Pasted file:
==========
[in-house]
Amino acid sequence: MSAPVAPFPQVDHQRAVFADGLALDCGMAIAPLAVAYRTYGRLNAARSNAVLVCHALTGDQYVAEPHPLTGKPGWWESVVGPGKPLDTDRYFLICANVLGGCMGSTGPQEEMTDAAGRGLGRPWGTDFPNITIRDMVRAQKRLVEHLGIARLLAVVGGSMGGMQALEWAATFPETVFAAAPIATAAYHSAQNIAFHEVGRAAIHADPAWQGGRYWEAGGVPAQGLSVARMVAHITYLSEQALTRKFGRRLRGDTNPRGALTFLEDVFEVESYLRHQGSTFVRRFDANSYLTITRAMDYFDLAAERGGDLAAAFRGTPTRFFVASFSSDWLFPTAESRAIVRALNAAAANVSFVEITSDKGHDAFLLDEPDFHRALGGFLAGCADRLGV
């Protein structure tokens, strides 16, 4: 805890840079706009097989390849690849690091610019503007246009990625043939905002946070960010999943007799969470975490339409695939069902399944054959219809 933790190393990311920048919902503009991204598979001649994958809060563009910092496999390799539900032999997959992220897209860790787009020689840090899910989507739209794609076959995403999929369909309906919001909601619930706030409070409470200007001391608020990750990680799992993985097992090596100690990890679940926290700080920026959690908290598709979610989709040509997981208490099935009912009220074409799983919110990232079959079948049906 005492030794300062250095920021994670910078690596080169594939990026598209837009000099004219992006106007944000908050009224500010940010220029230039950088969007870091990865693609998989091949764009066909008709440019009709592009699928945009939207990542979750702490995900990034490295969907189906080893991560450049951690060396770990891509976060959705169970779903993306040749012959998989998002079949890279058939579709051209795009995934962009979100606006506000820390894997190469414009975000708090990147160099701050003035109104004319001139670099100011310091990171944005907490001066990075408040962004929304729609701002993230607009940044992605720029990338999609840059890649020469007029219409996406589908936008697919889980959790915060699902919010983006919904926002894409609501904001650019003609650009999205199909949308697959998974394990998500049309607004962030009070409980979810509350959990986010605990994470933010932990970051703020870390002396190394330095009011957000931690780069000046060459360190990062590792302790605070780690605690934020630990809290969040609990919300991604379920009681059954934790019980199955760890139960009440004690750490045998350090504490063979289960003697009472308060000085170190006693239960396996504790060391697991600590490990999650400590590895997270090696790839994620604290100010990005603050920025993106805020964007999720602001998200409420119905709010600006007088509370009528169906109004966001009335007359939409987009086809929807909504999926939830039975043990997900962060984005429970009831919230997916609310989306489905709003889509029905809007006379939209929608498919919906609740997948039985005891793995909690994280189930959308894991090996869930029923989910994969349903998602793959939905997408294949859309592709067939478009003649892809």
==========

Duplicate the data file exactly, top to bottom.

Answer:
[in-house]
Amino acid sequence: MSAPVAPFPQVDHQRAVFADGLALDCGMAIAPLAVAYRTYGRLNAARSNAVLVCHALTGDQYVAEPHPLTGKPGWWESVVGPGKPLDTDRYFLICANVLGGCMGSTGPQEEMTDAAGRGLGRPWGTDFPNITIRDMVRAQKRLVEHLGIARLLAVVGGSMGGMQALEWAATFPETVFAAAPIATAAYHSAQNIAFHEVGRAAIHADPAWQGGRYWEAGGVPAQGLSVARMVAHITYLSEQALTRKFGRRLRGDTNPRGALTFLEDVFEVESYLRHQGSTFVRRFDANSYLTITRAMDYFDLAAERGGDLAAAFRGTPTRFFVASFSSDWLFPTAESRAIVRALNAAAANVSFVEITSDKGHDAFLLDEPDFHRALGGFLAGCADRLGV
């Protein structure tokens, strides 16, 4: 805890840079706009097989390849690849690091610019503007246009990625043939905002946070960010999943007799969470975490339409695939069902399944054959219809 933790190393990311920048919902503009991204598979001649994958809060563009910092496999390799539900032999997959992220897209860790787009020689840090899910989507739209794609076959995403999929369909309906919001909601619930706030409070409470200007001391608020990750990680799992993985097992090596100690990890679940926290700080920026959690908290598709979610989709040509997981208490099935009912009220074409799983919110990232079959079948049906 005492030794300062250095920021994670910078690596080169594939990026598209837009000099004219992006106007944000908050009224500010940010220029230039950088969007870091990865693609998989091949764009066909008709440019009709592009699928945009939207990542979750702490995900990034490295969907189906080893991560450049951690060396770990891509976060959705169970779903993306040749012959998989998002079949890279058939579709051209795009995934962009979100606006506000820390894997190469414009975000708090990147160099701050003035109104004319001139670099100011310091990171944005907490001066990075408040962004929304729609701002993230607009940044992605720029990338999609840059890649020469007029219409996406589908936008697919889980959790915060699902919010983006919904926002894409609501904001650019003609650009999205199909949308697959998974394990998500049309607004962030009070409980979810509350959990986010605990994470933010932990970051703020870390002396190394330095009011957000931690780069000046060459360190990062590792302790605070780690605690934020630990809290969040609990919300991604379920009681059954934790019980199955760890139960009440004690750490045998350090504490063979289960003697009472308060000085170190006693239960396996504790060391697991600590490990999650400590590895997270090696790839994620604290100010990005603050920025993106805020964007999720602001998200409420119905709010600006007088509370009528169906109004966001009335007359939409987009086809929807909504999926939830039975043990997900962060984005429970009831919230997916609310989306489905709003889509029905809007006379939209929608498919919906609740997948039985005891793995909690994280189930959308894991090996869930029923989910994969349903998602793959939905997408294949859309592709067939478009003649892809």